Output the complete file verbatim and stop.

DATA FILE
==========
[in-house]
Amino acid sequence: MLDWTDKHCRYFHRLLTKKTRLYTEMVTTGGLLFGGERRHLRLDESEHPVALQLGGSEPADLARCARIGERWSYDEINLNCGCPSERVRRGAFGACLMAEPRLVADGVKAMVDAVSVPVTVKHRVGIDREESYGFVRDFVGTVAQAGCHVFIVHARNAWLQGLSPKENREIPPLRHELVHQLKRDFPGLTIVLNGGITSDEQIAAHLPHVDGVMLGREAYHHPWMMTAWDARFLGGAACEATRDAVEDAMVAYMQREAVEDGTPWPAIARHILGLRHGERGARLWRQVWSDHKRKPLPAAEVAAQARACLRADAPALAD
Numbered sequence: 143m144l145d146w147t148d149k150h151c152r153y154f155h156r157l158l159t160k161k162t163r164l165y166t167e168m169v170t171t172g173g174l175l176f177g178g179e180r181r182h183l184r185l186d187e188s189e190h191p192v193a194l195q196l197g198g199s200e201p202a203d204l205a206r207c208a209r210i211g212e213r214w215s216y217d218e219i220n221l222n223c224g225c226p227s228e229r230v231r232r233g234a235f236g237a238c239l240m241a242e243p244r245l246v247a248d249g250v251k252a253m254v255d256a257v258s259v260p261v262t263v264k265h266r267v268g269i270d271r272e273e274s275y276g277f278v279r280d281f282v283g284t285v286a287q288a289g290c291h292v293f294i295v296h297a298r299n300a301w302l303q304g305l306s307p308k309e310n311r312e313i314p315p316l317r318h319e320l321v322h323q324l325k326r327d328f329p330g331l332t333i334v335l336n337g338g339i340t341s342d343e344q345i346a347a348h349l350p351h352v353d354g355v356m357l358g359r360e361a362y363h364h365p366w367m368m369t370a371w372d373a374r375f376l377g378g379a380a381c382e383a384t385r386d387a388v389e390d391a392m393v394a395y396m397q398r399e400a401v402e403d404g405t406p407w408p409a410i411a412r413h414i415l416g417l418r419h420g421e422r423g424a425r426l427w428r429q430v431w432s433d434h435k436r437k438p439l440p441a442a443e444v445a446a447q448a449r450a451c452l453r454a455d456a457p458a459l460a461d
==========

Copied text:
[in-house]
Amino acid sequence: MLDWTDKHCRYFHRLLTKKTRLYTEMVTTGGLLFGGERRHLRLDESEHPVALQLGGSEPADLARCARIGERWSYDEINLNCGCPSERVRRGAFGACLMAEPRLVADGVKAMVDAVSVPVTVKHRVGIDREESYGFVRDFVGTVAQAGCHVFIVHARNAWLQGLSPKENREIPPLRHELVHQLKRDFPGLTIVLNGGITSDEQIAAHLPHVDGVMLGREAYHHPWMMTAWDARFLGGAACEATRDAVEDAMVAYMQREAVEDGTPWPAIARHILGLRHGERGARLWRQVWSDHKRKPLPAAEVAAQARACLRADAPALAD
Numbered sequence: 143m144l145d146w147t148d149k150h151c152r153y154f155h156r157l158l159t160k161k162t163r164l165y166t167e168m169v170t171t172g173g174l175l176f177g178g179e180r181r182h183l184r185l186d187e188s189e190h191p192v193a194l195q196l197g198g199s200e201p202a203d204l205a206r207c208a209r210i211g212e213r214w215s216y217d218e219i220n221l222n223c224g225c226p227s228e229r230v231r232r233g234a235f236g237a238c239l240m241a242e243p244r245l246v247a248d249g250v251k252a253m254v255d256a257v258s259v260p261v262t263v264k265h266r267v268g269i270d271r272e273e274s275y276g277f278v279r280d281f282v283g284t285v286a287q288a289g290c291h292v293f294i295v296h297a298r299n300a301w302l303q304g305l306s307p308k309e310n311r312e313i314p315p316l317r318h319e320l321v322h323q324l325k326r327d328f329p330g331l332t333i334v335l336n337g338g339i340t341s342d343e344q345i346a347a348h349l350p351h352v353d354g355v356m357l358g359r360e361a362y363h364h365p366w367m368m369t370a371w372d373a374r375f376l377g378g379a380a381c382e383a384t385r386d387a388v389e390d391a392m393v394a395y396m397q398r399e400a401v402e403d404g405t406p407w408p409a410i411a412r413h414i415l416g417l418r419h420g421e422r423g424a425r426l427w428r429q430v431w432s433d434h435k436r437k438p439l440p441a442a443e444v445a446a447q448a449r450a451c452l453r454a455d456a457p458a459l460a461d